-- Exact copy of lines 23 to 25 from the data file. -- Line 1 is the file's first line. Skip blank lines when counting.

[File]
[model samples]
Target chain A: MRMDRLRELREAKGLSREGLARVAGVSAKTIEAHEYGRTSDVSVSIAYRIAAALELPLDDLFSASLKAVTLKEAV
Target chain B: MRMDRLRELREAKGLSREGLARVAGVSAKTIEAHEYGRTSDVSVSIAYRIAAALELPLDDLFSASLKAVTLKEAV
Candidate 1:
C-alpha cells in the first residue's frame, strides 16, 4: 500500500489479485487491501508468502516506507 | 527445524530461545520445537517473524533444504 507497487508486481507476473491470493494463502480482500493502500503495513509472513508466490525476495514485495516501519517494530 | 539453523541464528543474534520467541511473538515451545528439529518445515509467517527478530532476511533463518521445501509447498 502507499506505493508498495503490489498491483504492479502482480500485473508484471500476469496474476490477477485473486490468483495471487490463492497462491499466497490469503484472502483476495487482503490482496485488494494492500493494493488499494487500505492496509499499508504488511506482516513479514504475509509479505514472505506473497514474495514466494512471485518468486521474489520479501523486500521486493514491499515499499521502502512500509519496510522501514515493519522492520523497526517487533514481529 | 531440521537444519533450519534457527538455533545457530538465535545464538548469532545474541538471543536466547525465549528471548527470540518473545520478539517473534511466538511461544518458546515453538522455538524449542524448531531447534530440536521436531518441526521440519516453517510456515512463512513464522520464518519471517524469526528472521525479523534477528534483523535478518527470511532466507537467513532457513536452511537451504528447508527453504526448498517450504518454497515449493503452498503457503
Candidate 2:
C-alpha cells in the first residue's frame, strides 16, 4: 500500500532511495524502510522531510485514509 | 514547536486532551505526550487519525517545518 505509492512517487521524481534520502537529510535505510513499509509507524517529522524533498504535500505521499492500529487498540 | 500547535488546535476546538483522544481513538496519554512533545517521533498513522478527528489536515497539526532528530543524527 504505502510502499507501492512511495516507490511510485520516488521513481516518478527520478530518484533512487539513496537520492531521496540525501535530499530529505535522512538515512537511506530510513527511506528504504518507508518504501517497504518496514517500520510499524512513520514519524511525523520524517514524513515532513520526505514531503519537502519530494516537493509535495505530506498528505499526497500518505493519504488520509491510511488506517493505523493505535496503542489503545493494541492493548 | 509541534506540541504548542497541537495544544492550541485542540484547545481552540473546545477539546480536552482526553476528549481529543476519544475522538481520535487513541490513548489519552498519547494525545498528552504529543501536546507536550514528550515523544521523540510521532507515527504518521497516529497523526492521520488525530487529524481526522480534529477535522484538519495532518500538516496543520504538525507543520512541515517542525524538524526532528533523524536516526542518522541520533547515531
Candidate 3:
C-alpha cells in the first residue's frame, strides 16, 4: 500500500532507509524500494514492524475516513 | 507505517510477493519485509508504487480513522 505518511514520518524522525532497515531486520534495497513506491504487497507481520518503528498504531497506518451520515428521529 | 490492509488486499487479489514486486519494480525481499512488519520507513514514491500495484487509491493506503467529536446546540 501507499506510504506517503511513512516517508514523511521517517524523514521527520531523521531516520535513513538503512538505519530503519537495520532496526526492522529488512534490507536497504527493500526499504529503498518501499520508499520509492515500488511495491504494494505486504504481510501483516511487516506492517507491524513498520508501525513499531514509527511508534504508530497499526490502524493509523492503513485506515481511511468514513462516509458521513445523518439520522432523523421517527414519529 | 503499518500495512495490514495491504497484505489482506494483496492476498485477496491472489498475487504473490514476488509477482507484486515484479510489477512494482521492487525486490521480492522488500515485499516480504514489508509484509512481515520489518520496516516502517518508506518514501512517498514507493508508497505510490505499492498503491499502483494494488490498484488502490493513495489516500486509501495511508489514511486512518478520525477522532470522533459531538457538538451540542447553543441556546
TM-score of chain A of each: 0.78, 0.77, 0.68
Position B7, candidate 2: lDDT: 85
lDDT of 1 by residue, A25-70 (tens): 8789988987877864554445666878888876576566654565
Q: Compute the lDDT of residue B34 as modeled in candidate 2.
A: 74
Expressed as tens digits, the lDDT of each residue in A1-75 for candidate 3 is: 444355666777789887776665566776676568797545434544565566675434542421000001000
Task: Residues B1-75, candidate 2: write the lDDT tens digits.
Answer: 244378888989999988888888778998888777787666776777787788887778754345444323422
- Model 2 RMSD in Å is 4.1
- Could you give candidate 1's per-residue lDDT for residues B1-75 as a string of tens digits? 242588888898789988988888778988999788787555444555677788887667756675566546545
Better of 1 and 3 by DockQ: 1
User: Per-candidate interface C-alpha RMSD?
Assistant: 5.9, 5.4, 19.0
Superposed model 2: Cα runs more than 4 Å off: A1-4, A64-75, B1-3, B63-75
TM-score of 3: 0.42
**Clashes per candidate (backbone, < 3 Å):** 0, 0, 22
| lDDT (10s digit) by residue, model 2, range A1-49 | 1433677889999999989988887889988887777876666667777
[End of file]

Superposed model 2: Cα runs more than 4 Å off: A1-4, A64-75, B1-3, B63-75
TM-score of 3: 0.42
**Clashes per candidate (backbone, < 3 Å):** 0, 0, 22